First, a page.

Violating copyright or trademark law these days, Margaret Millikin says, is often as easy as performing a right-mouse click, paste and copy.
Millikin, a director in the Tulsa office of the Crowe & Dunlevy law firm, practices all phases of intellectual property law, with a particular emphasis on patent and trademark matters. With the vast increase in the presence and influence of the Internet in recent years, she said there's been a sea change in regard to the ease with which intellectual property--including visual art, writing or music--can be appropriated for use without permission.
"It's changed dramatically," she said. "The Internet allows the dissemination of information of all kinds--fine arts, as well. That's made it more difficult to police ... The artists who are involved with the Internet have to be careful about how their works are being used."
To protect themselves and their work, Millikin recommends a basic course of action for artists.
"They should start by making sure their works are registered," she said.
Millikin said she often is contacted by people looking for her help in going through that process, which she says usually can be done online in just a few steps.
"The copyright process is something anybody can do and save themselves several hundred dollars," she said.
When artists register their work in that way, Millikin said, they are providing themselves with legal protection for several decades against their work being used by others without permission. The unauthorized use of such material has become much more common in recent years as too many Web masters incorrectly regard any material they find on the net to be fair game.
Millikin said she had no figures to report in regard to how often such violations occur, but in anecdotal terms, it is not uncommon. In most cases, she said, there is no intentional or malicious effort by a Web site creator to use the material without permission. It's just that many of them fail to understand the material's use is restricted by law.
"Most people are just not aware," she said, adding that most instances are easily resolved. "But if it gets into a situation where they've got some money in it or invested some kind of goodwill in it, we might get into a challenge."
Millikin said under an amendment to the Berne Convention for the Protection of Literary and Artistic Works--an international agreement governing copyright--that was adopted in 1979, artists, writers and others are not required to have their work under formal copyright in order for it to be protected. But she still considers it an advantage to have the work registered.
"If you sue for infringement, you have to register your copyright," she said. "You have to do that to prove infringement, and recover damages and attorneys' fees."
By registering his or her work, Millikin said, an artist also is "also giving public notice of your work, and that creates a public record of it."
Such entities as the National Cowboy and Western Heritage Museum in Oklahoma City and the National Museum of Wildlife Art in Jackson Hole, Wyo., have served as Millikin's clients. She has also done work for a Virginia Commonwealth University professor named Cliff Edwards.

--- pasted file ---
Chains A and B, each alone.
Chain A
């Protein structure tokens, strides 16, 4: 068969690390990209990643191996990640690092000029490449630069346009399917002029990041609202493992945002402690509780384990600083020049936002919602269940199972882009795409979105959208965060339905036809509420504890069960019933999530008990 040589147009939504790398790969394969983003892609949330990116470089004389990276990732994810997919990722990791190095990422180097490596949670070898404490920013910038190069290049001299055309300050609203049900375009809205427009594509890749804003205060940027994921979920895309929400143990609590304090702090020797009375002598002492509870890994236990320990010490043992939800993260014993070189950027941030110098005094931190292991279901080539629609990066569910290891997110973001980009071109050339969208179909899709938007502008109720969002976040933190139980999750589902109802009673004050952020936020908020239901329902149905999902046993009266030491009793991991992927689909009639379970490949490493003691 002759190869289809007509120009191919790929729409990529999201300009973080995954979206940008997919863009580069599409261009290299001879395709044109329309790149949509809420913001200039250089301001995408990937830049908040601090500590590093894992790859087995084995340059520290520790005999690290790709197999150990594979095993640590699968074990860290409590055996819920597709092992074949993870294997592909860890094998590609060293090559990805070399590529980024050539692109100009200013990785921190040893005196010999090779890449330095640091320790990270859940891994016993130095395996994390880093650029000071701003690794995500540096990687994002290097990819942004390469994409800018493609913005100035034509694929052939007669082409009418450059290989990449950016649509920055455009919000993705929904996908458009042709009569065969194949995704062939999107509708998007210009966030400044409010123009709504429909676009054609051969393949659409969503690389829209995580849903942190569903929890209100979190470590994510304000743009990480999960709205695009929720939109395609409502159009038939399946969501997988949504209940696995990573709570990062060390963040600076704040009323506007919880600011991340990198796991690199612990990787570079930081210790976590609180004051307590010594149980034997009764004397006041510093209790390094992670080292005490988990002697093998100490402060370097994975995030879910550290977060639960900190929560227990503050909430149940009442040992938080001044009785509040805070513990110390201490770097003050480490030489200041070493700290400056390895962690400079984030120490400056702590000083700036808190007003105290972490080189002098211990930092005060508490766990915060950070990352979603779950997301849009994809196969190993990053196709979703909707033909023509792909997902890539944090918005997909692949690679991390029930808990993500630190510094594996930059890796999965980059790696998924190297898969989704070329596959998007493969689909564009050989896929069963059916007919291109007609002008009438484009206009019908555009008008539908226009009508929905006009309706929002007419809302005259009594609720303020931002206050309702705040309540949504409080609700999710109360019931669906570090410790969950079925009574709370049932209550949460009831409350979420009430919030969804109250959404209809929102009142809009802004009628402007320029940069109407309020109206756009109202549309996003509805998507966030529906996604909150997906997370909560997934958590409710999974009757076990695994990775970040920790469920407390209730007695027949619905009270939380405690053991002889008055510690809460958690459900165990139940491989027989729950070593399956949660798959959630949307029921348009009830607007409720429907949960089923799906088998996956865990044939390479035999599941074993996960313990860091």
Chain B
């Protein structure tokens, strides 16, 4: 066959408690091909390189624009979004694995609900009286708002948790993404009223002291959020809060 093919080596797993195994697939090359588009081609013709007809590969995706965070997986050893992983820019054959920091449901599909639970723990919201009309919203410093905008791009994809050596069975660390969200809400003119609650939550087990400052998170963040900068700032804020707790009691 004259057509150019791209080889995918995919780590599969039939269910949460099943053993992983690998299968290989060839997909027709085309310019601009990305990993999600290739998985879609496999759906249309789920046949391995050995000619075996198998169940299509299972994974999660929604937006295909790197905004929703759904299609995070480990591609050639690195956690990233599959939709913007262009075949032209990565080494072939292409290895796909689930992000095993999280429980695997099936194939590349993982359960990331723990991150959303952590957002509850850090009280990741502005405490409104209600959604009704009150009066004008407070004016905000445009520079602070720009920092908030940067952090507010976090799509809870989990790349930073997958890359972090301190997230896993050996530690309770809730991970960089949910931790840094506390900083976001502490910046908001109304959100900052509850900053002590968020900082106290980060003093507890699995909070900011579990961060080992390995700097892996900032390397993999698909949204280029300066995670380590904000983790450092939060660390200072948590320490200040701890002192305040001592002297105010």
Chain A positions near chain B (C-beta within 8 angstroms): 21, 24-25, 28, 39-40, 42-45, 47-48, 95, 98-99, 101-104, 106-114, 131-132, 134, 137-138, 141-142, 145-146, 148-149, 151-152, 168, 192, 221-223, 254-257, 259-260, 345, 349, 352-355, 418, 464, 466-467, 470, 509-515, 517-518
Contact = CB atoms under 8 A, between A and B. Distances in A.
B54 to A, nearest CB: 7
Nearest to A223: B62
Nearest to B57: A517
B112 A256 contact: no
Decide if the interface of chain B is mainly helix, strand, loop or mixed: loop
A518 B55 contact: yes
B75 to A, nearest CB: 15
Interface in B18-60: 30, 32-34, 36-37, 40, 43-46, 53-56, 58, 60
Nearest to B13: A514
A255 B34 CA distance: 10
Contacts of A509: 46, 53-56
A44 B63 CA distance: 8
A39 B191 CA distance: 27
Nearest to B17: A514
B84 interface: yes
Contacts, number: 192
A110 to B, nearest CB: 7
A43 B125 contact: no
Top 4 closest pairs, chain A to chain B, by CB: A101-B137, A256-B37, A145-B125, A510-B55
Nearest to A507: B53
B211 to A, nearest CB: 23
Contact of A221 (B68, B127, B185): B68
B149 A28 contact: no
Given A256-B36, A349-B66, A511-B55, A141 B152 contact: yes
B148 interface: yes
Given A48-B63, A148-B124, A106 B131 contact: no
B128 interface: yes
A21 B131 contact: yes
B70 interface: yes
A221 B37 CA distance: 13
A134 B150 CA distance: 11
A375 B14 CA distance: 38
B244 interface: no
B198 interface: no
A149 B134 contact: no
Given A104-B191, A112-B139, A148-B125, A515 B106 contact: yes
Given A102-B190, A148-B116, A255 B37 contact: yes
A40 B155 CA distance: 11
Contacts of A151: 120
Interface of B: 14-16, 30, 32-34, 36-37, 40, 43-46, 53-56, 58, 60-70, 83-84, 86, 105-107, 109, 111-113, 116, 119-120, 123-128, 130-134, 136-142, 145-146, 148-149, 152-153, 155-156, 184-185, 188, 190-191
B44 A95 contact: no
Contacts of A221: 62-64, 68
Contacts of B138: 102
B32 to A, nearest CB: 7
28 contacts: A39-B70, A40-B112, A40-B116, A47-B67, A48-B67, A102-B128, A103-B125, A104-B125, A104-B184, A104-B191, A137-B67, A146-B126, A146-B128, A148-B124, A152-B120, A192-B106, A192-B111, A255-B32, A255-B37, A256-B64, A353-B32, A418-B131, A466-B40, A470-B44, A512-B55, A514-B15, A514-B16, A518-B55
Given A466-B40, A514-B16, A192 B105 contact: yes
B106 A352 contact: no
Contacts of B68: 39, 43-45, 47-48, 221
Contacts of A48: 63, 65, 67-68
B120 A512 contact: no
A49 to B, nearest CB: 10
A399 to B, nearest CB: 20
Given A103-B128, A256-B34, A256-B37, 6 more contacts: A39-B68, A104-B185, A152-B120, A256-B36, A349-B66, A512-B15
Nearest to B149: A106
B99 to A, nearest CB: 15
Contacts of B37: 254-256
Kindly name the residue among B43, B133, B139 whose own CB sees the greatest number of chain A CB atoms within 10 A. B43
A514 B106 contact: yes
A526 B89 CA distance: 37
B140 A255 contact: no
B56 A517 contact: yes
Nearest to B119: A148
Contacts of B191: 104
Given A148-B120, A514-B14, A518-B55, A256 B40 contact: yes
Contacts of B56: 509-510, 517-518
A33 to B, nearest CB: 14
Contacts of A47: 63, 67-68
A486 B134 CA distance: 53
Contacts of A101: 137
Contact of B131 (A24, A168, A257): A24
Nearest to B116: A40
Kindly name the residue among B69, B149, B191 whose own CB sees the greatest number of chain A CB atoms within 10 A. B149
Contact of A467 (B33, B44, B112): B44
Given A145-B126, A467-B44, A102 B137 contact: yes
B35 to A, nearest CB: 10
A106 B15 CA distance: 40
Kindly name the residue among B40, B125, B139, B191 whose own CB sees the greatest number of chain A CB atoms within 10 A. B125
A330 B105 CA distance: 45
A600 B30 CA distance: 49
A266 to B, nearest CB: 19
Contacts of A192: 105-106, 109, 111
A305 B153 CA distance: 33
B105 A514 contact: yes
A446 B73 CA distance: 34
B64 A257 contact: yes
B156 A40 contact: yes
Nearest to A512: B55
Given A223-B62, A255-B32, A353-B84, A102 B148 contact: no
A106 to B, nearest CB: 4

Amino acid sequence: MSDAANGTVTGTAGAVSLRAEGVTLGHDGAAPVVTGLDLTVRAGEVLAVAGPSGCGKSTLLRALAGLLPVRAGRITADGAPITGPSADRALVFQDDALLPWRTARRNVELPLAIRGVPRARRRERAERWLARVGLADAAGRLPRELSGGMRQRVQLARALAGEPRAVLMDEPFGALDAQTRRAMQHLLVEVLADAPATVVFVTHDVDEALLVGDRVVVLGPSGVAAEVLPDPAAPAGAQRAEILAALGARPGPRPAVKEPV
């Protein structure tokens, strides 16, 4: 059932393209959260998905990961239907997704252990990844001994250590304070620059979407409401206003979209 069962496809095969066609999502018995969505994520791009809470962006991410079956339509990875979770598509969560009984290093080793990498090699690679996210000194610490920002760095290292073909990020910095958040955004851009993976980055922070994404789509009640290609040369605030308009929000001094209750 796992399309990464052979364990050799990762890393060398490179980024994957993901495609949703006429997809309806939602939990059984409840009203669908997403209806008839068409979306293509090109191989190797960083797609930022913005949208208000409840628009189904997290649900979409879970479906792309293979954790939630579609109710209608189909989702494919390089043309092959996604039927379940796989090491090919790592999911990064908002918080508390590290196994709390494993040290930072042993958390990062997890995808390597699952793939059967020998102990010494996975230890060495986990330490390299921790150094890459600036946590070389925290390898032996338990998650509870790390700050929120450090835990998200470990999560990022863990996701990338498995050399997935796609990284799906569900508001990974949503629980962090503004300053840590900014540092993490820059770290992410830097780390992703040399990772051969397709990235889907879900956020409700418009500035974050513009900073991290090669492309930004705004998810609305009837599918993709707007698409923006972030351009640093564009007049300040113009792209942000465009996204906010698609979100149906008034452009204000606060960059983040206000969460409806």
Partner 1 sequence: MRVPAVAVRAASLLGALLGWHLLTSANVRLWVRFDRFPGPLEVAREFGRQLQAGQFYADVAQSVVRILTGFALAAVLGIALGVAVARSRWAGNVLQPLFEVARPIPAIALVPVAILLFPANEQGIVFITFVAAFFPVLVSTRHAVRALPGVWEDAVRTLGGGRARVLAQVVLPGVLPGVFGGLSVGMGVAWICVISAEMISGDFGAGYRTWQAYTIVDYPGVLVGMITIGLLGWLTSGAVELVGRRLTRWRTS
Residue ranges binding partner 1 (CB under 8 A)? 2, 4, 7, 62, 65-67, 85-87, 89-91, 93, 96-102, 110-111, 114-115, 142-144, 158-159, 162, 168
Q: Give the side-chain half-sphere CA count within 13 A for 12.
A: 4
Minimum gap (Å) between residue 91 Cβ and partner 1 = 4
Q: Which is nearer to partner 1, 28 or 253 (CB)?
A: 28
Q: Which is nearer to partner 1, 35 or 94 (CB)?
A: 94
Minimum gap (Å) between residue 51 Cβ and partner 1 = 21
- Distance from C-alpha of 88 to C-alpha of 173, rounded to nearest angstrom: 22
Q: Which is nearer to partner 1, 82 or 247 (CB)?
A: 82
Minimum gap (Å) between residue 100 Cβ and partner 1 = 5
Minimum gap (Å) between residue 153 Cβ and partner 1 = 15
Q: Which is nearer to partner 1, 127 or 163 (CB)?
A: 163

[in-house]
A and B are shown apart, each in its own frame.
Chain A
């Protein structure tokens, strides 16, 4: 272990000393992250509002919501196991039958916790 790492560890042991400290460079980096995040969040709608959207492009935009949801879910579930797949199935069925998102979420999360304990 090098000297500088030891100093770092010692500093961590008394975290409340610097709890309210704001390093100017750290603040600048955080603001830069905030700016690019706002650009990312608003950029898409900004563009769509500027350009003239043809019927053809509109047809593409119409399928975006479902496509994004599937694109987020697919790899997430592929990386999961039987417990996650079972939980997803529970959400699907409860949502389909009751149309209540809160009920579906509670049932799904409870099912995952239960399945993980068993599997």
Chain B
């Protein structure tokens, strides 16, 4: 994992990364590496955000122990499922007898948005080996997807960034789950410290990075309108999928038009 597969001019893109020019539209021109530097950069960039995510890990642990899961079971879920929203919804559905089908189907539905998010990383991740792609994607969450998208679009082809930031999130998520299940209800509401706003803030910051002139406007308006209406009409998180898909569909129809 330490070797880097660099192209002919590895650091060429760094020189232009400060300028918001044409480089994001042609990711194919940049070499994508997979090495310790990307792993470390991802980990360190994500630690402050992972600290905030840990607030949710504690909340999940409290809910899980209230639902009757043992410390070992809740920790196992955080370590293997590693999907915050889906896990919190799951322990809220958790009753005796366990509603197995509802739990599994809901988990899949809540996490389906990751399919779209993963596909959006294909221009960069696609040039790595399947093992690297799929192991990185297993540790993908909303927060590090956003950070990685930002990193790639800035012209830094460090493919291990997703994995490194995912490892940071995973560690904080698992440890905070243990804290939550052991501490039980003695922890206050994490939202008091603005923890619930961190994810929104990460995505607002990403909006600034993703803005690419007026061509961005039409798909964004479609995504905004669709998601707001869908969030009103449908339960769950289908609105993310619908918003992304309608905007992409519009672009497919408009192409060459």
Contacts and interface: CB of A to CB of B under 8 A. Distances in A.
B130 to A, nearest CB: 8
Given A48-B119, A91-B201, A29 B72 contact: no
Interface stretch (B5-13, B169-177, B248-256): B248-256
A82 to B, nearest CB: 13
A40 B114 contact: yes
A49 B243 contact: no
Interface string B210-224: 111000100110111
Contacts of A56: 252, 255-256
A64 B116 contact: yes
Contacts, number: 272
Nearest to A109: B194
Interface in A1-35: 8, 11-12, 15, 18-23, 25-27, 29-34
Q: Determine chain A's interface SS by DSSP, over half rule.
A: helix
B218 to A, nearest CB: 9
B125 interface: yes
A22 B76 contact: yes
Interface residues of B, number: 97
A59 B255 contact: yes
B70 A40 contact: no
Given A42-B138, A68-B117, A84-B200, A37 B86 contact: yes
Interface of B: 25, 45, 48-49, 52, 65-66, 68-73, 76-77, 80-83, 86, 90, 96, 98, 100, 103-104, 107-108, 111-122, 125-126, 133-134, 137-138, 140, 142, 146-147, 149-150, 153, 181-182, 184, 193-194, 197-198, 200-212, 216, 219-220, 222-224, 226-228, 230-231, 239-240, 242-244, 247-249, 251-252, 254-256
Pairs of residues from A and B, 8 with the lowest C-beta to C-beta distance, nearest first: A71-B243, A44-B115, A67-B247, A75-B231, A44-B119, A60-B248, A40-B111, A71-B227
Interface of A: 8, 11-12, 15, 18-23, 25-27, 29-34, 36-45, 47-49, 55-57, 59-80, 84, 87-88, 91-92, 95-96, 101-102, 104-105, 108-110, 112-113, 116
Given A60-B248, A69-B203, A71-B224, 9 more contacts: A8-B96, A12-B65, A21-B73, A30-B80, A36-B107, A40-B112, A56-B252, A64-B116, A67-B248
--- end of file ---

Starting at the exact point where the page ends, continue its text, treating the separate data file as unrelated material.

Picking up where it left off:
Edwards has written a number of books and articles that examine the nexus between art and religion as viewed through the filter of artist Vincent van Gogh. Van Gogh's paintings, because they were created so long ago, are in the public domain, Millikin said. But other images that present those paintings, including photographs, still can be protected by copyright.
She said she also had another client who had modified a photograph in use with his work, resulting in an interesting mix of trademark and copyright law. Others had appropriated the image, and Millikin's client wished to put a stop to that unauthorized use. Ultimately, she and her client decided the best course of action was to send letters to the parties involved, advising them of their improper use of the image. That solved the problem, she said.
"It was non-malicious," she said of the unauthorized use. "It was just that it was a great photograph. It's rare to see somebody try to capitalize on something like that."
Millikin said, unless it is expressly stipulated otherwise, visual artists retain moral rights to their work--a right of integrity that prohibits the alteration, mutilation or distortion of a work without the permission of the artist, even after the work leaves the possession or ownership of the artist. She cited the case of an artist who had created a social commentary installation featuring an old school bus and tires that was placed in a building in New York. When the building was sold, the new owner tried to remove the installation. The artist challenged that move and ultimately prevailed, Millikin said, when the court decided the removal of the installation would have violated his moral rights to the piece.
Millikin said it's important not to confuse the various types of intellectual property--patents are for inventions, trademarks are for words and symbols, and copyrights are for original works of art or authorship. She often gets questions from people wondering if their project is copyrightable material.
"Two different people can paint a picture of a sunset at the exact same time," she said, and neither would be able to register the event itself as protected material. As for the image each of those people creates, "It's your own expression of an idea, and that's protectable," she said. "So, yes, if it's a creative expression of your idea, go for it."
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